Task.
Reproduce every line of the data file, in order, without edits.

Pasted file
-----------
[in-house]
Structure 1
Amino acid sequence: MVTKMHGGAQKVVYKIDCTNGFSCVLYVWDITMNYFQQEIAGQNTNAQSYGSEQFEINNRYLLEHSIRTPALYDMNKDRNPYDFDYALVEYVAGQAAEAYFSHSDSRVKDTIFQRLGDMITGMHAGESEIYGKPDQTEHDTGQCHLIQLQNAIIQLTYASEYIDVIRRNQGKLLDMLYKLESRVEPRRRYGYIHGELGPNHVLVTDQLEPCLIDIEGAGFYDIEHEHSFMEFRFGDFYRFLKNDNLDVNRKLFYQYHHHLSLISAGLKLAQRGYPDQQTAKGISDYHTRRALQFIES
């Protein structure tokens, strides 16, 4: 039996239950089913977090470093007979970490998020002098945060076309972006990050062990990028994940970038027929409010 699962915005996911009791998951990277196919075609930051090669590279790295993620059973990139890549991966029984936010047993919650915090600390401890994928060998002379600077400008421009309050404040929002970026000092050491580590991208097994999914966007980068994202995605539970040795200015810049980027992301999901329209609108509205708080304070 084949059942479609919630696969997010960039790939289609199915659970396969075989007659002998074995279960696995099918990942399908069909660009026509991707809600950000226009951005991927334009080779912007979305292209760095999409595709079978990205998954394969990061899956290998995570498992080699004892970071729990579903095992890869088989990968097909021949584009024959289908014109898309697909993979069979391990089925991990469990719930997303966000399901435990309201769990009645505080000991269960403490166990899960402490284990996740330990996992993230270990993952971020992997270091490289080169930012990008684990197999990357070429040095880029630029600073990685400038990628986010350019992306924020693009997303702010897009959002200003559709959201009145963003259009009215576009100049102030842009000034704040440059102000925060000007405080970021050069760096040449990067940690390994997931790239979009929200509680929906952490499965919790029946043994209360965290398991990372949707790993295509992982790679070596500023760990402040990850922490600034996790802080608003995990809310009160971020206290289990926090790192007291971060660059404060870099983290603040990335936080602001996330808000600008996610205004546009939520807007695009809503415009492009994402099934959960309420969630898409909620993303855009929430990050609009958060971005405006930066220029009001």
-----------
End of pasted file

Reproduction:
[in-house]
Structure 1
Amino acid sequence: MVTKMHGGAQKVVYKIDCTNGFSCVLYVWDITMNYFQQEIAGQNTNAQSYGSEQFEINNRYLLEHSIRTPALYDMNKDRNPYDFDYALVEYVAGQAAEAYFSHSDSRVKDTIFQRLGDMITGMHAGESEIYGKPDQTEHDTGQCHLIQLQNAIIQLTYASEYIDVIRRNQGKLLDMLYKLESRVEPRRRYGYIHGELGPNHVLVTDQLEPCLIDIEGAGFYDIEHEHSFMEFRFGDFYRFLKNDNLDVNRKLFYQYHHHLSLISAGLKLAQRGYPDQQTAKGISDYHTRRALQFIES
């Protein structure tokens, strides 16, 4: 039996239950089913977090470093007979970490998020002098945060076309972006990050062990990028994940970038027929409010 699962915005996911009791998951990277196919075609930051090669590279790295993620059973990139890549991966029984936010047993919650915090600390401890994928060998002379600077400008421009309050404040929002970026000092050491580590991208097994999914966007980068994202995605539970040795200015810049980027992301999901329209609108509205708080304070 084949059942479609919630696969997010960039790939289609199915659970396969075989007659002998074995279960696995099918990942399908069909660009026509991707809600950000226009951005991927334009080779912007979305292209760095999409595709079978990205998954394969990061899956290998995570498992080699004892970071729990579903095992890869088989990968097909021949584009024959289908014109898309697909993979069979391990089925991990469990719930997303966000399901435990309201769990009645505080000991269960403490166990899960402490284990996740330990996992993230270990993952971020992997270091490289080169930012990008684990197999990357070429040095880029630029600073990685400038990628986010350019992306924020693009997303702010897009959002200003559709959201009145963003259009009215576009100049102030842009000034704040440059102000925060000007405080970021050069760096040449990067940690390994997931790239979009929200509680929906952490499965919790029946043994209360965290398991990372949707790993295509992982790679070596500023760990402040990850922490600034996790802080608003995990809310009160971020206290289990926090790192007291971060660059404060870099983290603040990335936080602001996330808000600008996610205004546009939520807007695009809503415009492009994402099934959960309420969630898409909620993303855009929430990050609009958060971005405006930066220029009001």